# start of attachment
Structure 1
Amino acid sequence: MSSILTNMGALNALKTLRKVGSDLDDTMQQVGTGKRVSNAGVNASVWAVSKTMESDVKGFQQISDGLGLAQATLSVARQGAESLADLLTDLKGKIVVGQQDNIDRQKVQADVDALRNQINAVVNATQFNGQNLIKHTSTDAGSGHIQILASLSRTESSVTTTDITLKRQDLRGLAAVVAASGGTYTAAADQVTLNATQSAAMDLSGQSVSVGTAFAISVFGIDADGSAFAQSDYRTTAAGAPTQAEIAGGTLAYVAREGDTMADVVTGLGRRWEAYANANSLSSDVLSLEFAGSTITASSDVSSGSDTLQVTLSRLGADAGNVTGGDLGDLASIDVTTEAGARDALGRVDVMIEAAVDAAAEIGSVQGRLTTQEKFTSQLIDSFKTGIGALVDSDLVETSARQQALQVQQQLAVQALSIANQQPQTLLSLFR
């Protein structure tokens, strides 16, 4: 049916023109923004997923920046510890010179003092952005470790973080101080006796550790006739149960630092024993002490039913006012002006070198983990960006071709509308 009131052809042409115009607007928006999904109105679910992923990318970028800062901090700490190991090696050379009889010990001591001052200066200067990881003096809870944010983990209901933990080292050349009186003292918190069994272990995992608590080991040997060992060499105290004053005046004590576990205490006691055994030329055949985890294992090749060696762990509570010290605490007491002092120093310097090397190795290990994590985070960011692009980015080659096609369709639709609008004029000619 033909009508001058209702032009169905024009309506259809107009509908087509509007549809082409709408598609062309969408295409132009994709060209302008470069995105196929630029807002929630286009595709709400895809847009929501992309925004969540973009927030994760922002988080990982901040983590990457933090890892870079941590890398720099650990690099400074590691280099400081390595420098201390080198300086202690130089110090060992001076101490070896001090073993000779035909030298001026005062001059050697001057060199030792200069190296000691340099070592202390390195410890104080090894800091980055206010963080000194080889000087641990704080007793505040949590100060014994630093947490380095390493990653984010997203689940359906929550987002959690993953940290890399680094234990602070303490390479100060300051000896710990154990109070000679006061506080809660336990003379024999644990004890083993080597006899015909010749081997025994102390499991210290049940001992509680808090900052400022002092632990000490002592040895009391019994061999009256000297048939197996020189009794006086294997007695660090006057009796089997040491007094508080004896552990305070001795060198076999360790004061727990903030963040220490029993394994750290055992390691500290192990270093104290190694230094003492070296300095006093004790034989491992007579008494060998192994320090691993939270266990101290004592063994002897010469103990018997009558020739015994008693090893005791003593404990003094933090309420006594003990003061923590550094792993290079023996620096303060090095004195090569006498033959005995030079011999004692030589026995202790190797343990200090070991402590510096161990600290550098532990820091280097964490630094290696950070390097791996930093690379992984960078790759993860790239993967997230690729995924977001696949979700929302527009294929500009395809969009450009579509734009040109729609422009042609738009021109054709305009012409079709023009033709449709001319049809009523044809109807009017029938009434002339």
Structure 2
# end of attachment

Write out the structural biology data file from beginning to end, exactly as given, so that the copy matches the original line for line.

Structure 1
Amino acid sequence: MSSILTNMGALNALKTLRKVGSDLDDTMQQVGTGKRVSNAGVNASVWAVSKTMESDVKGFQQISDGLGLAQATLSVARQGAESLADLLTDLKGKIVVGQQDNIDRQKVQADVDALRNQINAVVNATQFNGQNLIKHTSTDAGSGHIQILASLSRTESSVTTTDITLKRQDLRGLAAVVAASGGTYTAAADQVTLNATQSAAMDLSGQSVSVGTAFAISVFGIDADGSAFAQSDYRTTAAGAPTQAEIAGGTLAYVAREGDTMADVVTGLGRRWEAYANANSLSSDVLSLEFAGSTITASSDVSSGSDTLQVTLSRLGADAGNVTGGDLGDLASIDVTTEAGARDALGRVDVMIEAAVDAAAEIGSVQGRLTTQEKFTSQLIDSFKTGIGALVDSDLVETSARQQALQVQQQLAVQALSIANQQPQTLLSLFR
């Protein structure tokens, strides 16, 4: 049916023109923004997923920046510890010179003092952005470790973080101080006796550790006739149960630092024993002490039913006012002006070198983990960006071709509308 009131052809042409115009607007928006999904109105679910992923990318970028800062901090700490190991090696050379009889010990001591001052200066200067990881003096809870944010983990209901933990080292050349009186003292918190069994272990995992608590080991040997060992060499105290004053005046004590576990205490006691055994030329055949985890294992090749060696762990509570010290605490007491002092120093310097090397190795290990994590985070960011692009980015080659096609369709639709609008004029000619 033909009508001058209702032009169905024009309506259809107009509908087509509007549809082409709408598609062309969408295409132009994709060209302008470069995105196929630029807002929630286009595709709400895809847009929501992309925004969540973009927030994760922002988080990982901040983590990457933090890892870079941590890398720099650990690099400074590691280099400081390595420098201390080198300086202690130089110090060992001076101490070896001090073993000779035909030298001026005062001059050697001057060199030792200069190296000691340099070592202390390195410890104080090894800091980055206010963080000194080889000087641990704080007793505040949590100060014994630093947490380095390493990653984010997203689940359906929550987002959690993953940290890399680094234990602070303490390479100060300051000896710990154990109070000679006061506080809660336990003379024999644990004890083993080597006899015909010749081997025994102390499991210290049940001992509680808090900052400022002092632990000490002592040895009391019994061999009256000297048939197996020189009794006086294997007695660090006057009796089997040491007094508080004896552990305070001795060198076999360790004061727990903030963040220490029993394994750290055992390691500290192990270093104290190694230094003492070296300095006093004790034989491992007579008494060998192994320090691993939270266990101290004592063994002897010469103990018997009558020739015994008693090893005791003593404990003094933090309420006594003990003061923590550094792993290079023996620096303060090095004195090569006498033959005995030079011999004692030589026995202790190797343990200090070991402590510096161990600290550098532990820091280097964490630094290696950070390097791996930093690379992984960078790759993860790239993967997230690729995924977001696949979700929302527009294929500009395809969009450009579509734009040109729609422009042609738009021109054709305009012409079709023009033709449709001319049809009523044809109807009017029938009434002339």
Structure 2